Zipcode check: How did your neighbor vote in the 2019 Spanish election?

Here is a detailed interactive map of the results of Sunday’s poll, down to each street block

The results of the Spanish general election on Sunday tell a story, one that can be better appreciated by looking at the votes in each neighborhood. This allows us to see how political preferences can shift just by crossing the street, and in what areas minority parties were able to secure the biggest percentage of the vote.

EL PAÍS has put together an interactive map of the results using voting information from each census section (an area comprising 1,500 residents), after requesting data from all the delegations of the Spanish government in these areas. Here are the most striking findings – blue represents the Popular Party (PP), red is the Socialist Party (PSOE), purple is Podemos, yellow is the Catalan Republican Left (ERC), which supports Catalan independence, and green is the far-right party Vox.

Madrid. Vox did not win the highest percentage of the vote in any neighborhood in Madrid, but it received its best results in the north of the city. In more than one block, it was the most voted party. Meanwhile, the conservative Popular Party maintained its control of the Paseo de la Castellana area.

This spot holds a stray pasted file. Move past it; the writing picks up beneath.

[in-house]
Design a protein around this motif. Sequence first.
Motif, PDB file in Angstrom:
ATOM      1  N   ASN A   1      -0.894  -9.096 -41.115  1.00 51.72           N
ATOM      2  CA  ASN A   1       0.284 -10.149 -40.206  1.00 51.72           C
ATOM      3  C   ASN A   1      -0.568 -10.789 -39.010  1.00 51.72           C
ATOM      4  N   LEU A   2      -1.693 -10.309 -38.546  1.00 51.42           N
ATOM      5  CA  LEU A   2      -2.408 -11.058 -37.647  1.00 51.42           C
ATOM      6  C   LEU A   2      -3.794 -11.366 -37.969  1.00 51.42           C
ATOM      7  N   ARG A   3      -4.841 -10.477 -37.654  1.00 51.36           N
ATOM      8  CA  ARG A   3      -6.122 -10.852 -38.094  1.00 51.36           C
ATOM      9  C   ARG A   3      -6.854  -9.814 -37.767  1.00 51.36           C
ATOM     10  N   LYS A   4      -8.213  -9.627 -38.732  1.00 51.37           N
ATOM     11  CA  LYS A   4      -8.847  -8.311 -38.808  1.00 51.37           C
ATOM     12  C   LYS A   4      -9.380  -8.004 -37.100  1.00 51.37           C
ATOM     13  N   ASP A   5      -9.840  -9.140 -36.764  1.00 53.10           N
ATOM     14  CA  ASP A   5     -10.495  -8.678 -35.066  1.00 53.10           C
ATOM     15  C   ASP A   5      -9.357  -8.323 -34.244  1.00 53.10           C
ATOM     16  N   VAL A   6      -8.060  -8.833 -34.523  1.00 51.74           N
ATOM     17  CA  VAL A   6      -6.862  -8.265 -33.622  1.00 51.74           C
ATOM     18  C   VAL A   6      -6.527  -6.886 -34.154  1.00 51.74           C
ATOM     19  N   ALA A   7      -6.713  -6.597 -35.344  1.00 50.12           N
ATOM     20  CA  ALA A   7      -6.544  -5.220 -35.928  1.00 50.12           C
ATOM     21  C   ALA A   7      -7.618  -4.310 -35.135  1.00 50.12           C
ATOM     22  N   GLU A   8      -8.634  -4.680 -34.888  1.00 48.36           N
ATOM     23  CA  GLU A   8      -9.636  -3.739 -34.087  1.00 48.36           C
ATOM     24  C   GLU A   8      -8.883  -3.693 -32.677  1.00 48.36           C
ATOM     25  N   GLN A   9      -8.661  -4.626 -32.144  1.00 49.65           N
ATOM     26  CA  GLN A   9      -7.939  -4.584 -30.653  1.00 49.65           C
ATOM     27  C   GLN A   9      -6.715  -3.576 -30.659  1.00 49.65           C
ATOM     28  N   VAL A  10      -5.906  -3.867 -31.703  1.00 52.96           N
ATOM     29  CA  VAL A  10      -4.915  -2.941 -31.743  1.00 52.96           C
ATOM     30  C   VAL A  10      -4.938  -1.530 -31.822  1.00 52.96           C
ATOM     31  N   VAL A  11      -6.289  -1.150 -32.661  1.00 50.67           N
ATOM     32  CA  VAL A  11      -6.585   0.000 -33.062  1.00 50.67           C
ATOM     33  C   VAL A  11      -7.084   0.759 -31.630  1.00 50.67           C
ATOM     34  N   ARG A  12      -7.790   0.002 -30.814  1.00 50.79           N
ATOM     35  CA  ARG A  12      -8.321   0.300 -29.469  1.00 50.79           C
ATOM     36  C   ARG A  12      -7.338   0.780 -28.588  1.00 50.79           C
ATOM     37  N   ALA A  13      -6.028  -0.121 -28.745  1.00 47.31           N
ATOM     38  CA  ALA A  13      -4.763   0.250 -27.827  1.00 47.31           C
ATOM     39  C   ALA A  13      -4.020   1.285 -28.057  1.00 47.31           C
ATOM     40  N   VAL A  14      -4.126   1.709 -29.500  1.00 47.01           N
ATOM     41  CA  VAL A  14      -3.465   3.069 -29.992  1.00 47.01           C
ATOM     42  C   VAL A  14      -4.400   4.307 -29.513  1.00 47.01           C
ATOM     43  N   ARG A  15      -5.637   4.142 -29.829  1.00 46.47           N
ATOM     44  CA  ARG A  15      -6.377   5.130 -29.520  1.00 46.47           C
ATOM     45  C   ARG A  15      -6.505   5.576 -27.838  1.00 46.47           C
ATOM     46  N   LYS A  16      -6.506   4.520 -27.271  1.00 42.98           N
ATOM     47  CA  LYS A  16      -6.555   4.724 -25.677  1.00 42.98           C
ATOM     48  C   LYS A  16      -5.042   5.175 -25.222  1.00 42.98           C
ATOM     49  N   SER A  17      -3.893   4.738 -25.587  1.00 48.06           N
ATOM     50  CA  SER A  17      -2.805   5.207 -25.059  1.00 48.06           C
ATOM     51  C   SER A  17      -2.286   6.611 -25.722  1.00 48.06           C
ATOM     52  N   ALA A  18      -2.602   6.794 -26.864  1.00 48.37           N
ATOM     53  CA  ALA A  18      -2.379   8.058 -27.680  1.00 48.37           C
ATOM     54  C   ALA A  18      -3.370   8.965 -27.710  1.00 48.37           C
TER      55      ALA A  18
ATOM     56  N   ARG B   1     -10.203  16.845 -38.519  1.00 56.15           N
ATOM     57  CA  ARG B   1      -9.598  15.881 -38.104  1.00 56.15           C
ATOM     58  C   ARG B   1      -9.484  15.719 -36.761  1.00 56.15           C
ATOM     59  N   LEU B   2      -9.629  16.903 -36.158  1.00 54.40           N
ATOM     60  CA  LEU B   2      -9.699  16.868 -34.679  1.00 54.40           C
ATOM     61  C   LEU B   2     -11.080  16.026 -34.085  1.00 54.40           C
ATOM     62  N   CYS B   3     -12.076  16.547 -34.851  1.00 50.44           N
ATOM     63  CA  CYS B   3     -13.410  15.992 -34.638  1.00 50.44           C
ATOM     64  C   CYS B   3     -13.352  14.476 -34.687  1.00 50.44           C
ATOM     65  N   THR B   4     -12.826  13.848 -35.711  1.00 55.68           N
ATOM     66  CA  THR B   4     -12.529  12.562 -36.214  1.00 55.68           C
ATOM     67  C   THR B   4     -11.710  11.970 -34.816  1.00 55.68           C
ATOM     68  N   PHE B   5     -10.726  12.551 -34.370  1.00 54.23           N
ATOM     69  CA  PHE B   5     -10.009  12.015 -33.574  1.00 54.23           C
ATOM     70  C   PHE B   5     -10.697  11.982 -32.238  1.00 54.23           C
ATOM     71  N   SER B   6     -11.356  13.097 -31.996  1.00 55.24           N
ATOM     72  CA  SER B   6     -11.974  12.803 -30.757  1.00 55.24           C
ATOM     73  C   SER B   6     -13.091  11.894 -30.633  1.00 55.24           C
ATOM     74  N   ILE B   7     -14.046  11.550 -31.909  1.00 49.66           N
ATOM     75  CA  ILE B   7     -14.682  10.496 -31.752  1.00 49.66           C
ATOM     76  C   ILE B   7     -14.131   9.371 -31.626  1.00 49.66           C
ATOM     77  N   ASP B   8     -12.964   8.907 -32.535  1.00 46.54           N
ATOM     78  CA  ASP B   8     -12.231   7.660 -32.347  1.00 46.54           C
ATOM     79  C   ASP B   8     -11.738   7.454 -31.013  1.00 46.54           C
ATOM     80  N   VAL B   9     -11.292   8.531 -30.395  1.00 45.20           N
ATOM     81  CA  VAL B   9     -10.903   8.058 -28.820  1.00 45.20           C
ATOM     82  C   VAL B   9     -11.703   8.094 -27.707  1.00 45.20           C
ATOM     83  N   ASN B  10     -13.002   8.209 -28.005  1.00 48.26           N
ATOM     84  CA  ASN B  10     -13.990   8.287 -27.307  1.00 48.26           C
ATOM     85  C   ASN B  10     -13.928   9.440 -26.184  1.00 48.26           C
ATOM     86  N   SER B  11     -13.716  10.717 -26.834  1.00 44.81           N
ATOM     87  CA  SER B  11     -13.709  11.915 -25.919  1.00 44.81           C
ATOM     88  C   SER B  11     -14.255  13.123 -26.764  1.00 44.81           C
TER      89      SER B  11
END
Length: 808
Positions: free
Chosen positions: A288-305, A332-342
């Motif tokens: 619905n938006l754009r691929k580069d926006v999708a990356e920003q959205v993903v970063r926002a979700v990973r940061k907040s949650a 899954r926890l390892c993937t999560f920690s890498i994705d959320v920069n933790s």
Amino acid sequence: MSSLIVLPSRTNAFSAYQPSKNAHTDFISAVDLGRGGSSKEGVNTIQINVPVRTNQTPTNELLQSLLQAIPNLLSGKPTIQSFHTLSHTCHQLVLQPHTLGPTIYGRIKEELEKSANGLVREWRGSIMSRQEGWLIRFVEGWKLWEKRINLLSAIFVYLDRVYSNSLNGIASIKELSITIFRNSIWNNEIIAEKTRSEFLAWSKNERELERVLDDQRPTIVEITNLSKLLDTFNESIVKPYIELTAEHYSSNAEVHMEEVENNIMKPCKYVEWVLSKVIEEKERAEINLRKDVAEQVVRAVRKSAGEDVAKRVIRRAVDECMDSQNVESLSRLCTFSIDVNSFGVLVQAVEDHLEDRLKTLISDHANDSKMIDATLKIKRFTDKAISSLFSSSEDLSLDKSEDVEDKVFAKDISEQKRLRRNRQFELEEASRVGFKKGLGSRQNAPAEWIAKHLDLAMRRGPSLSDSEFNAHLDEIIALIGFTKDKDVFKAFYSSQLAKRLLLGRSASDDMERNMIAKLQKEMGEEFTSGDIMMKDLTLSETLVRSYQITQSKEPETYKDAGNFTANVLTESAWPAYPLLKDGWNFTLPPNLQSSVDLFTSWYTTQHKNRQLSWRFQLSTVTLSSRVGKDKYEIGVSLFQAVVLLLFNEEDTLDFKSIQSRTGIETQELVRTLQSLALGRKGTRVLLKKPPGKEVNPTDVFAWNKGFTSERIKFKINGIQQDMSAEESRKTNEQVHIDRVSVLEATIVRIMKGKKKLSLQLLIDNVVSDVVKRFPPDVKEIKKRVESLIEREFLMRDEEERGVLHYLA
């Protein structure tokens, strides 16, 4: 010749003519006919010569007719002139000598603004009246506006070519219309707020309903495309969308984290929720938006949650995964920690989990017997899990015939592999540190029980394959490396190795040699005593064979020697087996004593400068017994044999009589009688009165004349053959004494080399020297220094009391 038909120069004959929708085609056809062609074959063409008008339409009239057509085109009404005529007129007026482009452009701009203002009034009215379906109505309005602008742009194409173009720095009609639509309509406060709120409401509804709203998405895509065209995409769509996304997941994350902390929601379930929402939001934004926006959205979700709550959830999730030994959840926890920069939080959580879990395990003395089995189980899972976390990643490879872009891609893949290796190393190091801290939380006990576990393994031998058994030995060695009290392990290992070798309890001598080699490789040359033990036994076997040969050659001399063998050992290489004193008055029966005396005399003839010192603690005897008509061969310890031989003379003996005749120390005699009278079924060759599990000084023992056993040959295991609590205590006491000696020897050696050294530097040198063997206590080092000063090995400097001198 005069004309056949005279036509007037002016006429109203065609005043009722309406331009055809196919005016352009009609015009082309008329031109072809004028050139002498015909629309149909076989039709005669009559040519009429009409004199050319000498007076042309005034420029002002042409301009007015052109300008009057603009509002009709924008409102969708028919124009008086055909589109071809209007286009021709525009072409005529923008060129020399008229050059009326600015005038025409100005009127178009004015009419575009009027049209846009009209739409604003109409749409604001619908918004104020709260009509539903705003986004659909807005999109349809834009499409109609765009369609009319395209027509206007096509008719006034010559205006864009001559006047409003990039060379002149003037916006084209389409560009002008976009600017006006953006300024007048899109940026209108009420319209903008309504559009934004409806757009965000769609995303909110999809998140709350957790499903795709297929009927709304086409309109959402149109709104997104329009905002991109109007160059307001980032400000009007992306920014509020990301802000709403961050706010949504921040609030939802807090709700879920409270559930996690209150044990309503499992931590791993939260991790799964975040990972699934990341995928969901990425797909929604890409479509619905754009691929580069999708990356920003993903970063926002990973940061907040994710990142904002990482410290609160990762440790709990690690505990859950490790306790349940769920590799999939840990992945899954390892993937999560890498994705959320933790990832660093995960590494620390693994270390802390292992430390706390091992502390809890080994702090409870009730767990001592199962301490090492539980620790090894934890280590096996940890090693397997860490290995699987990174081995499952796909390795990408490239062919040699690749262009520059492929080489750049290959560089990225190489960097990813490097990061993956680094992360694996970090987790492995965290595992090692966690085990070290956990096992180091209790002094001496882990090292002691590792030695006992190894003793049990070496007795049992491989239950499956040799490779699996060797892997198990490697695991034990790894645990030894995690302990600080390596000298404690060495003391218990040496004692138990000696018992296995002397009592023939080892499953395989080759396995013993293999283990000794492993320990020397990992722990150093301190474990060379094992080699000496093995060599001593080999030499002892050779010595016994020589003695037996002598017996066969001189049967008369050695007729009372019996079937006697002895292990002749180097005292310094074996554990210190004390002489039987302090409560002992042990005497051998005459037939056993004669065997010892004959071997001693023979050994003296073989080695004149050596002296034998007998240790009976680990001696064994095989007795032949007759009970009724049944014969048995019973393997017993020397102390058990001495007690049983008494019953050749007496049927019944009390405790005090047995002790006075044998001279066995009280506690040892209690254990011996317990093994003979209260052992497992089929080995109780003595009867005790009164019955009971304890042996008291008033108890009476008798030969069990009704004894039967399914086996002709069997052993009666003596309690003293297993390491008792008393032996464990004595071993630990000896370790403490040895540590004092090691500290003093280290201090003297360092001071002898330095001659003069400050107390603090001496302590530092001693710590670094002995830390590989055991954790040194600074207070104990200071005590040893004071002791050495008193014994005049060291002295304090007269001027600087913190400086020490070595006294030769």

Barcelona. Like most of Catalonia, Barcelona voted for the Catalan Republican Left (ERC). The PP lost its control in the upper part of the city, where residents have the highest income.

Galicia. The Socialist Party made surprise gains in small municipalities but also in cities like A Coruña, El Ferrol and Lugo, which were won by the PP at the 2016 polls.

Murcia. Murcia is the second province and first provincial capital with the highest number of votes for Vox. Support for the far-right party also spread outside the cities.

Sources and methodology. The data used has been provided by the government delegations and subdelegations  of all regions, and they are still provisional, which is why they have not been published yet. They do not include the vote of Spanish residents living abroad or take into account possible challenges at the polling stations. These disputes will be settled within three weeks. It has not been possible to include data from Girona province, because they were not available.

The census sections are defined by the National Institute of Statistics (INE) (2018). In less than 1% of census sections, data that corresponds to two sections are shown in one. This is due to updates made to the geographical records last year.

English version by Melissa Kitson.


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